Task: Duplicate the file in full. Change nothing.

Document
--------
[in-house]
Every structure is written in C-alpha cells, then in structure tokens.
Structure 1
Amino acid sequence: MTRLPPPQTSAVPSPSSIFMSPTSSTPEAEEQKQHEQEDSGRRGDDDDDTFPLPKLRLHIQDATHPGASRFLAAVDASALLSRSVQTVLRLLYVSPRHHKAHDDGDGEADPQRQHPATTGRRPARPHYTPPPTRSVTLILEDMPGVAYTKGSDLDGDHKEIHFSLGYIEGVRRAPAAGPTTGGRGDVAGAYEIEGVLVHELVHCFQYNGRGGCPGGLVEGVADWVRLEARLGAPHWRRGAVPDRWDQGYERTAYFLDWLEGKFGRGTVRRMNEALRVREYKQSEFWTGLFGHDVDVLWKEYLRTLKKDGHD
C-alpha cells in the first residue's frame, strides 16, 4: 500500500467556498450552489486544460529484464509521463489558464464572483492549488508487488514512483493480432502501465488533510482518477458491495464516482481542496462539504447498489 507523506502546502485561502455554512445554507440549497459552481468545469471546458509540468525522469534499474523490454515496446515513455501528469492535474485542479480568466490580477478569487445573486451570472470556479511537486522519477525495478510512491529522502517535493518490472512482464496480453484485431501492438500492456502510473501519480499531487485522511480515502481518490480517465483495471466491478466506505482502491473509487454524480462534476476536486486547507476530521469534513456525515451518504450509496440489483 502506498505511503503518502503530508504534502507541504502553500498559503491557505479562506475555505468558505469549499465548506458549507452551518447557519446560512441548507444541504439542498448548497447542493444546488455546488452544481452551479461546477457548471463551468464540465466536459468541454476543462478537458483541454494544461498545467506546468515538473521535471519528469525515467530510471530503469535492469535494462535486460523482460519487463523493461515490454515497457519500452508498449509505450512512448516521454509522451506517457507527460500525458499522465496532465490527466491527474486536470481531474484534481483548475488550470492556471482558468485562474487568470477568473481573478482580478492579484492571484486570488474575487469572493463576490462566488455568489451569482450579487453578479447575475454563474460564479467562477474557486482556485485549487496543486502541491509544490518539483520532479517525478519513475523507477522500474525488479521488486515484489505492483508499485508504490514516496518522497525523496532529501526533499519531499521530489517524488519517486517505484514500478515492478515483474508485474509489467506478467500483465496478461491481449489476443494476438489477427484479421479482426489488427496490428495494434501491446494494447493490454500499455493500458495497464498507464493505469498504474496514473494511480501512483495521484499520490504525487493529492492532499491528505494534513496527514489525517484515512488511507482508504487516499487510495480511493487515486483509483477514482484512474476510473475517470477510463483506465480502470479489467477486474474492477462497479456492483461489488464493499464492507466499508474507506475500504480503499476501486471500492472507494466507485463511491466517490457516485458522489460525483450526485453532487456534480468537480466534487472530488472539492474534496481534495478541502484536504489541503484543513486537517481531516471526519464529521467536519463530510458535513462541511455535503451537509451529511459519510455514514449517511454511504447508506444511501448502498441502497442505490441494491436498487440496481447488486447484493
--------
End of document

[in-house]
Every structure is written in C-alpha cells, then in structure tokens.
Structure 1
Amino acid sequence: MTRLPPPQTSAVPSPSSIFMSPTSSTPEAEEQKQHEQEDSGRRGDDDDDTFPLPKLRLHIQDATHPGASRFLAAVDASALLSRSVQTVLRLLYVSPRHHKAHDDGDGEADPQRQHPATTGRRPARPHYTPPPTRSVTLILEDMPGVAYTKGSDLDGDHKEIHFSLGYIEGVRRAPAAGPTTGGRGDVAGAYEIEGVLVHELVHCFQYNGRGGCPGGLVEGVADWVRLEARLGAPHWRRGAVPDRWDQGYERTAYFLDWLEGKFGRGTVRRMNEALRVREYKQSEFWTGLFGHDVDVLWKEYLRTLKKDGHD
C-alpha cells in the first residue's frame, strides 16, 4: 500500500467556498450552489486544460529484464509521463489558464464572483492549488508487488514512483493480432502501465488533510482518477458491495464516482481542496462539504447498489 507523506502546502485561502455554512445554507440549497459552481468545469471546458509540468525522469534499474523490454515496446515513455501528469492535474485542479480568466490580477478569487445573486451570472470556479511537486522519477525495478510512491529522502517535493518490472512482464496480453484485431501492438500492456502510473501519480499531487485522511480515502481518490480517465483495471466491478466506505482502491473509487454524480462534476476536486486547507476530521469534513456525515451518504450509496440489483 502506498505511503503518502503530508504534502507541504502553500498559503491557505479562506475555505468558505469549499465548506458549507452551518447557519446560512441548507444541504439542498448548497447542493444546488455546488452544481452551479461546477457548471463551468464540465466536459468541454476543462478537458483541454494544461498545467506546468515538473521535471519528469525515467530510471530503469535492469535494462535486460523482460519487463523493461515490454515497457519500452508498449509505450512512448516521454509522451506517457507527460500525458499522465496532465490527466491527474486536470481531474484534481483548475488550470492556471482558468485562474487568470477568473481573478482580478492579484492571484486570488474575487469572493463576490462566488455568489451569482450579487453578479447575475454563474460564479467562477474557486482556485485549487496543486502541491509544490518539483520532479517525478519513475523507477522500474525488479521488486515484489505492483508499485508504490514516496518522497525523496532529501526533499519531499521530489517524488519517486517505484514500478515492478515483474508485474509489467506478467500483465496478461491481449489476443494476438489477427484479421479482426489488427496490428495494434501491446494494447493490454500499455493500458495497464498507464493505469498504474496514473494511480501512483495521484499520490504525487493529492492532499491528505494534513496527514489525517484515512488511507482508504487516499487510495480511493487515486483509483477514482484512474476510473475517470477510463483506465480502470479489467477486474474492477462497479456492483461489488464493499464492507466499508474507506475500504480503499476501486471500492472507494466507485463511491466517490457516485458522489460525483450526485453532487456534480468537480466534487472530488472539492474534496481534495478541502484536504489541503484543513486537517481531516471526519464529521467536519463530510458535513462541511455535503451537509451529511459519510455514514449517511454511504447508506444511501448502498441502497442505490441494491436498487440496481447488486447484493